Challenges and opportunities for operationalizing the safe and just operating space concept at regional scale

Sohel, Sarwar; Ifejika Speranza, Chinwe (2020). Challenges and opportunities for operationalizing the safe and just operating space concept at regional scale. International journal of sustainable development & world ecology, 27(1), pp. 40-54. Taylor & Francis 10.1080/13504509.2019.1683645

[img] Text
Challenges and opportunities for operationalizing the safe and just operating space concept at regional scale.pdf - Published Version
Restricted to registered users only
Available under License Publisher holds Copyright.

Download (1MB) | Request a copy
[img] Text
SJOS-Challenges and opportunities_BORIS.pdf - Accepted Version
Restricted to registered users only until 7 November 2020.
Available under License Publisher holds Copyright.

Download (484kB) | Request a copy

The concept of a safe and just operating space (SJOS) provided through combining the safe operating space (SOS) concept and the doughnut framework, delineates boundaries for ecological processes (e.g. climate change) and social wellbeing (e.g. food) at global scale. The integration of social wellbeing into the SOS concept through defining boundaries for humanity has become known as a SJOS concept. Although various studies have attempted to operationalize this SJOS concept, no synthesis has been conducted of the progress made and the obstacles faced. To address this need, we reviewed empirical studies and developed a conceptual framework of four operational steps for identifying the challenges and opportunities in operationalizing SJOS for regional social-ecological systems (SES). The steps include: 1) Understanding the SES to investigate the genesis in terms of selecting indicators and contextualization, which also include challenges such as selection of indicators, data availability and framework development to operationalize the SJOS concept; 2) Exploring the systems by understanding and unravelling the SES dynamics (e.g. feedbacks, nonlinearity) due to the limitation of existing modelling approaches; 3) Understanding the system governance by integrating stakeholders’ visions and equity dimension of sustainability and conceptualizing the SJOS; 4) The communication of SJOS entails additional layers of complexity as this concept integrates diverse challenges (e.g. equity) and disciplines into the sustainability assessment. In contrast, overcoming the challenges offers opportunities for transformation to sustainability within the limits of SES across different scales. The operational framework can thus be used in assessing the sustainability of SES.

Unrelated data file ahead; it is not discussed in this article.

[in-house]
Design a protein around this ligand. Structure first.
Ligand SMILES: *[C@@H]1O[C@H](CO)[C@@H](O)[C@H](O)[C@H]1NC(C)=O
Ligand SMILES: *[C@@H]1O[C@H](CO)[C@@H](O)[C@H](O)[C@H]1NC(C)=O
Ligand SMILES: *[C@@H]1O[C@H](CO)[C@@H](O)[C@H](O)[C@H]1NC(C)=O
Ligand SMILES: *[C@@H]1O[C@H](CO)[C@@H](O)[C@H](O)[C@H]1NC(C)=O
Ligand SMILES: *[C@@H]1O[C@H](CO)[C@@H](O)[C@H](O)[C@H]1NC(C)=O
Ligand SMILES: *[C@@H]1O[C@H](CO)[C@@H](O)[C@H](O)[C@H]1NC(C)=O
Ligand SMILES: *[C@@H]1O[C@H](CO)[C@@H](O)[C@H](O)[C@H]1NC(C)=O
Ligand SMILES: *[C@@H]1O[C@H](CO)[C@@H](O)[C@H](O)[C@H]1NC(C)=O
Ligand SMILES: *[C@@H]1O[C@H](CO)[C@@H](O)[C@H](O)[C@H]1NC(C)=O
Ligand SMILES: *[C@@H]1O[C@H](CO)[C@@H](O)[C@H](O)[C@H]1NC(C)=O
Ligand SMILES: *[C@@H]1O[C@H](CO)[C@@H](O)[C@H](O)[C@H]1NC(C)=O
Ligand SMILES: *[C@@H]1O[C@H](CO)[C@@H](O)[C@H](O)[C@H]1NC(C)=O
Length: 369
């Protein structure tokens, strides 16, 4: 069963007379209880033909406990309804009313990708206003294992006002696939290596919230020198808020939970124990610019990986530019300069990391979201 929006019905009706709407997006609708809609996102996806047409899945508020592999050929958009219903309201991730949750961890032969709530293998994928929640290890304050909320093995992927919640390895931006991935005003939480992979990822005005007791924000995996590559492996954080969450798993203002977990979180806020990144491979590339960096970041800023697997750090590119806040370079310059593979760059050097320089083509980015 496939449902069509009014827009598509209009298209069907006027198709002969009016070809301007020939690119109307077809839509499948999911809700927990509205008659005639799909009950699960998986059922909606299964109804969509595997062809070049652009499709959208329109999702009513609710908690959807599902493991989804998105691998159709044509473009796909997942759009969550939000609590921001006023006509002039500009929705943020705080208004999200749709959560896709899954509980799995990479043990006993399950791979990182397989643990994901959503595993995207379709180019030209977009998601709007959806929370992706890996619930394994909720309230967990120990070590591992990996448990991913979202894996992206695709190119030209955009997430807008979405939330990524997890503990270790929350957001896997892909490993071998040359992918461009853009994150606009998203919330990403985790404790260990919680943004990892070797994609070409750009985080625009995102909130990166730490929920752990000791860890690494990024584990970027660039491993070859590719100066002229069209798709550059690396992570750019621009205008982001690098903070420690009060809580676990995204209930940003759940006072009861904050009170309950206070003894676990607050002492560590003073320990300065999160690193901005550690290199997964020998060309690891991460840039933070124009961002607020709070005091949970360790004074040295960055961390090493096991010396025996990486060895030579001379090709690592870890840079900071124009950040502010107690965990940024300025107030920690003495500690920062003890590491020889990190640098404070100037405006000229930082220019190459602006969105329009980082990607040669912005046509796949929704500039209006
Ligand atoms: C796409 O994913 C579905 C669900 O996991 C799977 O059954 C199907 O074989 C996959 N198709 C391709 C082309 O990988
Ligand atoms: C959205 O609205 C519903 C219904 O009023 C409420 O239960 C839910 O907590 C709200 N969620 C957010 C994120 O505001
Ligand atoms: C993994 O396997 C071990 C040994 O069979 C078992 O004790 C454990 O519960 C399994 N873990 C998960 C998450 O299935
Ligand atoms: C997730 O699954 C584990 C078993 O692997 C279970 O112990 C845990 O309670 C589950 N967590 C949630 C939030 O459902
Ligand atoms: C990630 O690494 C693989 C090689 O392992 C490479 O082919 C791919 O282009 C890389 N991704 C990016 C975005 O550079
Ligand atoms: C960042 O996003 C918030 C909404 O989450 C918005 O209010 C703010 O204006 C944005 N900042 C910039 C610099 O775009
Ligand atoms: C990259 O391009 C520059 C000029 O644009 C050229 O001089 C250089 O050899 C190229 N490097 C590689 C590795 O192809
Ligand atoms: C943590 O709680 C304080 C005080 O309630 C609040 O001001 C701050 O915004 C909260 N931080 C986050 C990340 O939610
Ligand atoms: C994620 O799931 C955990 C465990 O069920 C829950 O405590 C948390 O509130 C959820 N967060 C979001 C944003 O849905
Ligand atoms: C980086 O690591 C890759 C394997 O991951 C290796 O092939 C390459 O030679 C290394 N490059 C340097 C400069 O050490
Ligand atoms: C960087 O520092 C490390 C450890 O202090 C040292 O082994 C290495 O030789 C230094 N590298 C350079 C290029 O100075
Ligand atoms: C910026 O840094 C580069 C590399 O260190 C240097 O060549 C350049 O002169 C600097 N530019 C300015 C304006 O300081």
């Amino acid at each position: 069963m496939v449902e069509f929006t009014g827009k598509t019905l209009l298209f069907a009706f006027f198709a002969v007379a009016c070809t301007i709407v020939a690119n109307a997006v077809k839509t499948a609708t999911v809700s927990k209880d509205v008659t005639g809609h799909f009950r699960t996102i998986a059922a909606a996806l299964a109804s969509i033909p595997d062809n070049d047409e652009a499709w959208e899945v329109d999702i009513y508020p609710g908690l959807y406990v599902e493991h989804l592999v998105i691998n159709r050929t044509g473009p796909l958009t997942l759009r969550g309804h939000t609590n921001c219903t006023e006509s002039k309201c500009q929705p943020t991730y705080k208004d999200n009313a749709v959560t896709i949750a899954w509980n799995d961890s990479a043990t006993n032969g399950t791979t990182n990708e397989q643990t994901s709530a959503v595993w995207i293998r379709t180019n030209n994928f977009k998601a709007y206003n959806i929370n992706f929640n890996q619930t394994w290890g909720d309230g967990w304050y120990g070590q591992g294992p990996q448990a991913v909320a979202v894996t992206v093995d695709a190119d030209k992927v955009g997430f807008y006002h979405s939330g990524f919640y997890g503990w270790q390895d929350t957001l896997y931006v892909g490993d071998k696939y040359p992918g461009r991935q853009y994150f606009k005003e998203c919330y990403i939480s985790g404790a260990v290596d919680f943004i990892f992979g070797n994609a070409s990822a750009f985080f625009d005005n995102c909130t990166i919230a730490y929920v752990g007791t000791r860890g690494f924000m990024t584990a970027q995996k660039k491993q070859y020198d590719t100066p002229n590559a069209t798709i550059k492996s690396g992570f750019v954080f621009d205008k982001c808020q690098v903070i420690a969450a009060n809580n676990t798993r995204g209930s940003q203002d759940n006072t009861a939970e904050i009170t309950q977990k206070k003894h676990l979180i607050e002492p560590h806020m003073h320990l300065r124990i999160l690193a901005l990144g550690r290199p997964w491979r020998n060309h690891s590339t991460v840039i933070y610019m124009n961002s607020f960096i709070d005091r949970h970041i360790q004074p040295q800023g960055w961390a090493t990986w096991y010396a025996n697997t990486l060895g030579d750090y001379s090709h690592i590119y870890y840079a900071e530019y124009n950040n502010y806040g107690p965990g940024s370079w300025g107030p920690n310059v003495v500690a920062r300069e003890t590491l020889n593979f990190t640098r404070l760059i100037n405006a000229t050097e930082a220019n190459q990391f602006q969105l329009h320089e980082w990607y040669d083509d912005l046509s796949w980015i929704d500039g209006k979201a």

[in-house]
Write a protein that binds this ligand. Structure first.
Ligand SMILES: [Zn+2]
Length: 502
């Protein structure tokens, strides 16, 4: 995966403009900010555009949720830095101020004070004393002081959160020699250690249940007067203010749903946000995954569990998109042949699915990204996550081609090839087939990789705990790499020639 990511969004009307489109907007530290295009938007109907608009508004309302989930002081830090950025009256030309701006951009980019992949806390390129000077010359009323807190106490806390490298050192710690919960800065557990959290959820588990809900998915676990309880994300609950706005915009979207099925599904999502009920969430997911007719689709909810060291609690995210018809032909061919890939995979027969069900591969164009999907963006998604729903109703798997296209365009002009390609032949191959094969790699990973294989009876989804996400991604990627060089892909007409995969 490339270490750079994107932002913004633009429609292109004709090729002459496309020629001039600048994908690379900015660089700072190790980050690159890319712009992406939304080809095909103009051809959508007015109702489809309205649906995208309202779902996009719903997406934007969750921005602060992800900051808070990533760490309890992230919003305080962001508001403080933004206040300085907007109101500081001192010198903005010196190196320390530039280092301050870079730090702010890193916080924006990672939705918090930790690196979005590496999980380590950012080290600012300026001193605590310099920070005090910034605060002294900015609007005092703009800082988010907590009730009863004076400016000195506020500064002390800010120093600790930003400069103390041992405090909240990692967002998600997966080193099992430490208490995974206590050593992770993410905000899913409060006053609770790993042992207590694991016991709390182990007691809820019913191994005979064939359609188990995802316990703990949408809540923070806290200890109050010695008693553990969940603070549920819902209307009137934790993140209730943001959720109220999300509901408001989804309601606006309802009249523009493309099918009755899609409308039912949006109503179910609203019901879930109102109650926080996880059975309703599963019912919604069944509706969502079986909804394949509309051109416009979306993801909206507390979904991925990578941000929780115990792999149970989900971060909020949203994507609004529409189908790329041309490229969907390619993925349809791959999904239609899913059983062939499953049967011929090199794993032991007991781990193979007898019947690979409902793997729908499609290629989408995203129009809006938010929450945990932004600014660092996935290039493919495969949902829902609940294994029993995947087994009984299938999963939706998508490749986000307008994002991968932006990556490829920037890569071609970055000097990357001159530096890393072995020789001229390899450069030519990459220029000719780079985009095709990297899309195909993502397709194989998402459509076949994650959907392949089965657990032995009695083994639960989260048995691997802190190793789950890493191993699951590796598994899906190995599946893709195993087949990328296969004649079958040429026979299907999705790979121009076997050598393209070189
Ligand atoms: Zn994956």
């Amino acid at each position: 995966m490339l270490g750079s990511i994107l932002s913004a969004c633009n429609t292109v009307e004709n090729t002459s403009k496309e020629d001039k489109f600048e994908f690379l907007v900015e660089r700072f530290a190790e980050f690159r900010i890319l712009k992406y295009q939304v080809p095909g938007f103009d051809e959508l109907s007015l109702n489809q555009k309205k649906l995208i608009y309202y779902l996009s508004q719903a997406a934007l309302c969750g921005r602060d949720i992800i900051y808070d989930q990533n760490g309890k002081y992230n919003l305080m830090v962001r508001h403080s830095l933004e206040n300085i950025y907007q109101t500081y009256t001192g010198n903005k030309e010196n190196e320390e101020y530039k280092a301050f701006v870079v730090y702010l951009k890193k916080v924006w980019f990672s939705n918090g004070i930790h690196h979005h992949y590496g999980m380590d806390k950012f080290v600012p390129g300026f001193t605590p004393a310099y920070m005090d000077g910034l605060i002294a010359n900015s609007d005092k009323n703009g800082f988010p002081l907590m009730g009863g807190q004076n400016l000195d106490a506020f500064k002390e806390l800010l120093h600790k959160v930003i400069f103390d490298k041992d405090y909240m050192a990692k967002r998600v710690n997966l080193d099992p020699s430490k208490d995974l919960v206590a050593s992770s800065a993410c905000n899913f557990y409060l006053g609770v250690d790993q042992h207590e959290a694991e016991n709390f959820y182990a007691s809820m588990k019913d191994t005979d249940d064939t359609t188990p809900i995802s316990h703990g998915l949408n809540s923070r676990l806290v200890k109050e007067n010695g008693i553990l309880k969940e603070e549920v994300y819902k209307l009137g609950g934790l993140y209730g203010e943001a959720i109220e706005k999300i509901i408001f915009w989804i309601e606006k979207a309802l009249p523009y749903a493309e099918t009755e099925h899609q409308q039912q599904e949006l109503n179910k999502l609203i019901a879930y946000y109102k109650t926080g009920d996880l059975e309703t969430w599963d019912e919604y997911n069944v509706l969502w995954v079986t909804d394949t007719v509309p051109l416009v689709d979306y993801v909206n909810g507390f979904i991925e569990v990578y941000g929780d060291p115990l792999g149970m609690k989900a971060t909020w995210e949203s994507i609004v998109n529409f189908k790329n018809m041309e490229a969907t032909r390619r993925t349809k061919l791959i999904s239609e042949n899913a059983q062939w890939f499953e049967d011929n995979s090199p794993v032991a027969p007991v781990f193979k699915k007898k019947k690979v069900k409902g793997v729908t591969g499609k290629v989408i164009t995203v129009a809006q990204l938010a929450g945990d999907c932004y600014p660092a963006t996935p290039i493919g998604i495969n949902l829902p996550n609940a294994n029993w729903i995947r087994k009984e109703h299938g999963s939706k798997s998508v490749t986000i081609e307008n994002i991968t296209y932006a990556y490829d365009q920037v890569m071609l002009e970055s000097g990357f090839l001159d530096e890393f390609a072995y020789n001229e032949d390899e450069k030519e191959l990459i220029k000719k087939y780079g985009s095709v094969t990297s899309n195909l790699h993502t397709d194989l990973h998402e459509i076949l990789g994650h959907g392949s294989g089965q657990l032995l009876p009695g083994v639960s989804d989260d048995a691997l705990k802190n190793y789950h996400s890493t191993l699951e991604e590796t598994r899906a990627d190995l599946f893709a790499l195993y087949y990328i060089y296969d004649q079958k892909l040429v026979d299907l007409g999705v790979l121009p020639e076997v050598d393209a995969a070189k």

Item Type:

Journal Article (Original Article)

Division/Institute:

08 Faculty of Science > Institute of Geography
08 Faculty of Science > Institute of Geography > Geographies of Sustainability > Unit Land Systems and Sustainable Land Management (LS-SLM)
08 Faculty of Science > Institute of Geography > Geographies of Sustainability

UniBE Contributor:

Sohel, Sarwar and Ifejika Speranza, Chinwe

Subjects:

900 History > 910 Geography & travel
500 Science > 550 Earth sciences & geology

ISSN:

1350-4509

Publisher:

Taylor & Francis

Projects:

[UNSPECIFIED] Sustainable Land Management Unit project on “Social-ecological Systems Modelling and Sustainable Land Management"
[UNSPECIFIED] Marie Skłodowska-Curie grant agreement No. 796994

Language:

English

Submitter:

MD Sarwar Hossain Sohel

Date Deposited:

12 Dec 2019 09:38

Last Modified:

13 Dec 2019 16:03

Publisher DOI:

10.1080/13504509.2019.1683645

Uncontrolled Keywords:

Planetary boundary; safe andjust operating space; social-ecological systems; regionalsustainability; transformationto sustainability

BORIS DOI:

10.7892/boris.135148

URI:

https://boris.unibe.ch/id/eprint/135148

Actions (login required)

Edit item Edit item
Provide Feedback